The crest at the heart of our Coat of Arms is divided into four quadrants
because, after careful study, we came to the conclusion that dividing it
into any other number of quadrants would be semantically impossible. The
prestigious upper-left quadrant contains a stop sign. This was placed there
as a reminder of our overwhelming desire to keep outsiders away. We hope
that this image will quickly come to mind if, for even the briefest of
moments, you consider visiting us on your next vacation.
The yield sign in the upper-right quadrant of the crest represents the dominant sexual mores in Shalampax.
A fish was placed in the lower-left quadrant because fish are one of the only two local foods in Shalampax. The other is coconuts. We tried putting a coconut on the crest too, but reproduced at that size it looked more like a battered bowling ball than a coconut. We feared that this would be confusing as there are no bowlers or bowling alleys in Shalampax. Furthermore, some people suggested that, rather than a bowling ball, the coconut looked more like a testicle. Of course, that wasn't acceptiple because then women would have wanted one of their body parts represented and the whole thing would have gotten out of hand. There is, after all, only so much room on the crest, so we dropped the coconut.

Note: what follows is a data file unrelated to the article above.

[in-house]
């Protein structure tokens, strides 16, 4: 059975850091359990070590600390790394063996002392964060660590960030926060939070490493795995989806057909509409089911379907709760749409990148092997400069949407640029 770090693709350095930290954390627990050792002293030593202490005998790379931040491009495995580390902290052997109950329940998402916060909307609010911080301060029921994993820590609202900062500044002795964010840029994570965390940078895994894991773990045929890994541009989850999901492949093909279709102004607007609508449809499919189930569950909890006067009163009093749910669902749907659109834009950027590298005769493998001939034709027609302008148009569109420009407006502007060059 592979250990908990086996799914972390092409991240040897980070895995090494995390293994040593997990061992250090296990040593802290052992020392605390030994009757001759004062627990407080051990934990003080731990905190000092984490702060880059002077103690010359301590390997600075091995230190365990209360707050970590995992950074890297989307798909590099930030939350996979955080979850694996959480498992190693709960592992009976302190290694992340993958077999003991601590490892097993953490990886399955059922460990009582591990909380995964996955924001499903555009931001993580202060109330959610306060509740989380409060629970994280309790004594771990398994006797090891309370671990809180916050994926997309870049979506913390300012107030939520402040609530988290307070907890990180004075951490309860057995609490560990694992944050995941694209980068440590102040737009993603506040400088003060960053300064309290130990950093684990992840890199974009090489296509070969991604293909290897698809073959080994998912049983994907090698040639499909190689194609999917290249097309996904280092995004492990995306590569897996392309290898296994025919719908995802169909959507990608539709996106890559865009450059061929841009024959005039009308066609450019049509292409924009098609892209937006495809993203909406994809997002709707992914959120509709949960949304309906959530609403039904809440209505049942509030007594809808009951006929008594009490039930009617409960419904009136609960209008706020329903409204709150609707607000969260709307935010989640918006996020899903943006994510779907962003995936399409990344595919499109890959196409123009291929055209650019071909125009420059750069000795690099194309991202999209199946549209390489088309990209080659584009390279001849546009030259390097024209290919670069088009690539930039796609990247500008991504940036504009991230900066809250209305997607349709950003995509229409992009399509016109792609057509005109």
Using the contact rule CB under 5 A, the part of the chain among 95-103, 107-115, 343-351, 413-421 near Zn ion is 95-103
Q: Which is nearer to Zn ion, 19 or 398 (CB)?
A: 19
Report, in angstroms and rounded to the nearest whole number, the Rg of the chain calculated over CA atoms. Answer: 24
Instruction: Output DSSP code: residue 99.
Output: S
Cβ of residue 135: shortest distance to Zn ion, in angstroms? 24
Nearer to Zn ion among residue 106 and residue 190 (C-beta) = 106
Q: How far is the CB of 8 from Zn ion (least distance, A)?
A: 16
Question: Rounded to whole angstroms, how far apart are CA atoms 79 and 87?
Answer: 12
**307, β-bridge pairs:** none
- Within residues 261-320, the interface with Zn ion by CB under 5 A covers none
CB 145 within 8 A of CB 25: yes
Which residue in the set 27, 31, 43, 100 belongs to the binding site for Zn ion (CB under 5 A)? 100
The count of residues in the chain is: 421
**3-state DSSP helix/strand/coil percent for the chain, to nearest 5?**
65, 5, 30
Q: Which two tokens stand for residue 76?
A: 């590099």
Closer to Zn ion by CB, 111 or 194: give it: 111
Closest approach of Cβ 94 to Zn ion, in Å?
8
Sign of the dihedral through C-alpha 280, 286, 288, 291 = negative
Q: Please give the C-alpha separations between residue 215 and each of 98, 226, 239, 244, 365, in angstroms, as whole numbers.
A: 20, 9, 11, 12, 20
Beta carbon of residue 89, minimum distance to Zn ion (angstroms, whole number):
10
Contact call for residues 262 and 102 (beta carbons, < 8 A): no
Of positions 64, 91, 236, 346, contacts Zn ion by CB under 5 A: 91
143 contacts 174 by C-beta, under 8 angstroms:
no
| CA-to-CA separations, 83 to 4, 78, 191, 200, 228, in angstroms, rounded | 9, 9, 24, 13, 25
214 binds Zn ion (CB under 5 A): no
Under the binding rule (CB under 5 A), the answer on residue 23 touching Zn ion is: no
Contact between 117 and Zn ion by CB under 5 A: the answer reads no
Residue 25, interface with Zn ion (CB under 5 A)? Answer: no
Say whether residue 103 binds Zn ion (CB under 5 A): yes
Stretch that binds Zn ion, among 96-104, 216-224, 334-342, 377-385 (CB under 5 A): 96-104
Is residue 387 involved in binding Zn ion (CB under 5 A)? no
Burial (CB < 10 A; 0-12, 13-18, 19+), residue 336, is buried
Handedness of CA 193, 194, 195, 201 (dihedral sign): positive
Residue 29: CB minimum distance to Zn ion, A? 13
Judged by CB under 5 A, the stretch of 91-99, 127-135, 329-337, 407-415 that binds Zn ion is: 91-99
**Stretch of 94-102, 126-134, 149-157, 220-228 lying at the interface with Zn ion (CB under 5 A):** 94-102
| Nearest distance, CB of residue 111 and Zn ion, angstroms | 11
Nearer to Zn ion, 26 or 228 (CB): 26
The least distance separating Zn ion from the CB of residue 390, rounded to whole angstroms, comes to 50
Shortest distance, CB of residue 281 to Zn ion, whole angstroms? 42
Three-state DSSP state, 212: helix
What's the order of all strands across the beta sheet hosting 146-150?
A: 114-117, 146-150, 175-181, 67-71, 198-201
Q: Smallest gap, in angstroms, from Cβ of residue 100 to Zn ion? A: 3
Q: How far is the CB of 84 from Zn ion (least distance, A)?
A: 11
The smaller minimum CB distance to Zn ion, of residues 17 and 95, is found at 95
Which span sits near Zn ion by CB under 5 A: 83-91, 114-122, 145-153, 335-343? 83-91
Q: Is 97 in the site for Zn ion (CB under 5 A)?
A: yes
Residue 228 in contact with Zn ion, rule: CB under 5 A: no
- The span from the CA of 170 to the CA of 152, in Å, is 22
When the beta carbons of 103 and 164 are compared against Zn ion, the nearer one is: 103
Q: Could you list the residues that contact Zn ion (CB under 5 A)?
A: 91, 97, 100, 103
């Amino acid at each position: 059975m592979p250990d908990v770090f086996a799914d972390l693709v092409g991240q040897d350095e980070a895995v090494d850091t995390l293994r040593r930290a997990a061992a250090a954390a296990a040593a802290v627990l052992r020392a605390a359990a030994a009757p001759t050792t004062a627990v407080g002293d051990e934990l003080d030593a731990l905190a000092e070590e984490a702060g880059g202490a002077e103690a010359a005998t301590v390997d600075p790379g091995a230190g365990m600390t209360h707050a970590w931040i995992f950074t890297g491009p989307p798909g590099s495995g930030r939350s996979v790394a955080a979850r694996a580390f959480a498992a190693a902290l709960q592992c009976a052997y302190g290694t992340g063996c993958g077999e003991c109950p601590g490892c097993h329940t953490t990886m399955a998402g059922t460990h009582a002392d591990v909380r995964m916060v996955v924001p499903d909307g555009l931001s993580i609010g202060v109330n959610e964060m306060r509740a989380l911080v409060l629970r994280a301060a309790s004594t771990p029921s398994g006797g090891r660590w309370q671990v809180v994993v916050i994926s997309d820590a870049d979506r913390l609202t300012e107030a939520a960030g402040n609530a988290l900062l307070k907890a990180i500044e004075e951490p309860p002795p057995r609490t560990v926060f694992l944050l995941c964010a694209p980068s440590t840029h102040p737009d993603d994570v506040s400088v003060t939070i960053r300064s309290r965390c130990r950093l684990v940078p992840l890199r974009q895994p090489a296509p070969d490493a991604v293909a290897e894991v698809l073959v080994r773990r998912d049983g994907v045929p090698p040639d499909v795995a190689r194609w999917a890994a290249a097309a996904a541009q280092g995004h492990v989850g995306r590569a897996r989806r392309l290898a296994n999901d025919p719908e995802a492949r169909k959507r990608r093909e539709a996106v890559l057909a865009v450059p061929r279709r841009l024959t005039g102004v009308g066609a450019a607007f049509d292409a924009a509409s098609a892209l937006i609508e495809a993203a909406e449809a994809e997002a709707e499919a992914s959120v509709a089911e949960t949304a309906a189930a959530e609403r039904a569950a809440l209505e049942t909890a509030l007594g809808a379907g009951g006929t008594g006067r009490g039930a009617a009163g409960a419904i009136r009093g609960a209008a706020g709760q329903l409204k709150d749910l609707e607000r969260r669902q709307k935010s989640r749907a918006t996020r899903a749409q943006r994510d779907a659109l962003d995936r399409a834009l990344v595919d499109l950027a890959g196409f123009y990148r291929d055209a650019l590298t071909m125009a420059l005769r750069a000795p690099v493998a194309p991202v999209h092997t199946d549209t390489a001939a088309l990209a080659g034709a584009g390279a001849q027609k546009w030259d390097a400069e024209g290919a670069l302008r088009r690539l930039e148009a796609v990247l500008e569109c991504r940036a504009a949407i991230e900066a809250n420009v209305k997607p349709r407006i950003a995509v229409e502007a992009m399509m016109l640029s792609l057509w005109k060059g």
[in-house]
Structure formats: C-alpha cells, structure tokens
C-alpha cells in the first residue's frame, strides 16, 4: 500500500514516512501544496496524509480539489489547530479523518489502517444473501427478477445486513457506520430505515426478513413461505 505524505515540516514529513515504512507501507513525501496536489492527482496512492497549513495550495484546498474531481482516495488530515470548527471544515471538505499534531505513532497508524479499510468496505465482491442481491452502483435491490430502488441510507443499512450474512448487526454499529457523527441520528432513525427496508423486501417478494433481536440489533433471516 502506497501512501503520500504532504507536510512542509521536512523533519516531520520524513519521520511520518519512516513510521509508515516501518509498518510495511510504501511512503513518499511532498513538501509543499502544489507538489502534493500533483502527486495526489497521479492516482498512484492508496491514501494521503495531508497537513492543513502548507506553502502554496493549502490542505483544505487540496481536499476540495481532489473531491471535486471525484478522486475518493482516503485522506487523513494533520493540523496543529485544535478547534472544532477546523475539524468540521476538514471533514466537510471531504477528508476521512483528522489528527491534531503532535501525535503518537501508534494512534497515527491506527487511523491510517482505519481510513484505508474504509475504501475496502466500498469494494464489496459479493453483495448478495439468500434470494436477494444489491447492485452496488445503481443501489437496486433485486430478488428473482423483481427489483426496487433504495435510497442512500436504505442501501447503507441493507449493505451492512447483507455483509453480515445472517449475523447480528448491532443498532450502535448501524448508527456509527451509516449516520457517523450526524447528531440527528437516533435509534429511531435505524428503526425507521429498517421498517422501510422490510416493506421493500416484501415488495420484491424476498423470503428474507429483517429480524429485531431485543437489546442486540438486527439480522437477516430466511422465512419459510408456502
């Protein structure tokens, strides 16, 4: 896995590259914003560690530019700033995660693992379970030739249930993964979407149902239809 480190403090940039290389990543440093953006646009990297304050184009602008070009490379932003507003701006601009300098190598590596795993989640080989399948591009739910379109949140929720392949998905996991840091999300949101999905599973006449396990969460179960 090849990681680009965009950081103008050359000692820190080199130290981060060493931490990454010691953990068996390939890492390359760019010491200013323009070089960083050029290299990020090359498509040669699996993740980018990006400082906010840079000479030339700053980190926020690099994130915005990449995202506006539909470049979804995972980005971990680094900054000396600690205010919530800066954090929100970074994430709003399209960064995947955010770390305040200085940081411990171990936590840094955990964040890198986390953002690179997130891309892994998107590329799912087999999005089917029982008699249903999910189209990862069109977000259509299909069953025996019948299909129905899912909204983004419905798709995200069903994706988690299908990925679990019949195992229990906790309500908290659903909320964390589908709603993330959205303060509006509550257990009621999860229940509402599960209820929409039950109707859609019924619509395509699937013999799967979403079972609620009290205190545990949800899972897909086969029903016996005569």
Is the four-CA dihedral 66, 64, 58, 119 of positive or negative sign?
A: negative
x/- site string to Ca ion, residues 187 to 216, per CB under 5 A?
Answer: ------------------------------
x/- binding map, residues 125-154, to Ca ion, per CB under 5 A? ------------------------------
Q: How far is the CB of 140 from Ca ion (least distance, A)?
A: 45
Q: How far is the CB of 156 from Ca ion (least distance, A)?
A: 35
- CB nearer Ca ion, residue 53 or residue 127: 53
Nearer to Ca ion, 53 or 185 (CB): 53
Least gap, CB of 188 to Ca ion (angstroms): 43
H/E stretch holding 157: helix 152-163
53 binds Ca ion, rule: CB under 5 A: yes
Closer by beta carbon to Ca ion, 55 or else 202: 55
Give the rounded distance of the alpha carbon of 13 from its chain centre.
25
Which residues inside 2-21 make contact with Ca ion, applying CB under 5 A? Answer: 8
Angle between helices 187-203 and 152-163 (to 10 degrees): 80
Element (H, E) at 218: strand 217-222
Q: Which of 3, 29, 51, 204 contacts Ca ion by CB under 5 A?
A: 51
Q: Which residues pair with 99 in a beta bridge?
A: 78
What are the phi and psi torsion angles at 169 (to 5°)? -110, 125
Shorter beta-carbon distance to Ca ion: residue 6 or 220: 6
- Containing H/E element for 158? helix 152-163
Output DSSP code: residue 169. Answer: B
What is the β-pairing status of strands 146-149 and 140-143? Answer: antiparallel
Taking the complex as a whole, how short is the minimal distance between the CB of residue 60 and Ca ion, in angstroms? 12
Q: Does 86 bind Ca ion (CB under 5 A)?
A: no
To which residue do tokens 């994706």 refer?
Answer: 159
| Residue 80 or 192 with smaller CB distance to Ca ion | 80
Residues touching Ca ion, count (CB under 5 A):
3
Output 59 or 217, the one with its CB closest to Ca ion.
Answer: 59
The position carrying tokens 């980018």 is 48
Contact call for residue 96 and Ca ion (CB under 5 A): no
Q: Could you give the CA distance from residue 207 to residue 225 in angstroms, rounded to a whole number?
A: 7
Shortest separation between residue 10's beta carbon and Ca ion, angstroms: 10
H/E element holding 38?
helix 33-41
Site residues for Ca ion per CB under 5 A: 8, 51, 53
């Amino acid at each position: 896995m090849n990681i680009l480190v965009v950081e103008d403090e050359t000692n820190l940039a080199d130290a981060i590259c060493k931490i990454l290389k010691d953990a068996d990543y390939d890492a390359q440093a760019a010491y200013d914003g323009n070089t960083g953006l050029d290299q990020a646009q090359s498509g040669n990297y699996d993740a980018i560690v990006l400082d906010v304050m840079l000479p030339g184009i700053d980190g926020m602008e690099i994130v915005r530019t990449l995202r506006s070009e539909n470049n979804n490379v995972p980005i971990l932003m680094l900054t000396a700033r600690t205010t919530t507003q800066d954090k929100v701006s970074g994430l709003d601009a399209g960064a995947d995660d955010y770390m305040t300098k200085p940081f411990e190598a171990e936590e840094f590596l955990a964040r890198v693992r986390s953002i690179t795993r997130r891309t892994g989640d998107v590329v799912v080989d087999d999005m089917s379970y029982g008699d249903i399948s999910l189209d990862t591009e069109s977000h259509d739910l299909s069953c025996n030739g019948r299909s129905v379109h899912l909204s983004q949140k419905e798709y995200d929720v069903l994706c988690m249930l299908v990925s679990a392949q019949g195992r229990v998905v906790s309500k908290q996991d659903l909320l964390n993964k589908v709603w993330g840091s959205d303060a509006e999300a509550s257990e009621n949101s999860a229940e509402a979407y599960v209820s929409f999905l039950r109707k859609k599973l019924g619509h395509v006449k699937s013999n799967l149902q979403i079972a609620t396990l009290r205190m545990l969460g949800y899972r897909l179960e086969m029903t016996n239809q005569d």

The cyclone and thundercloud in the bottom-right quadrant depict the weather that we experience in Shalampax nine days out of ten. (See climate.)
Other coat of arms elements: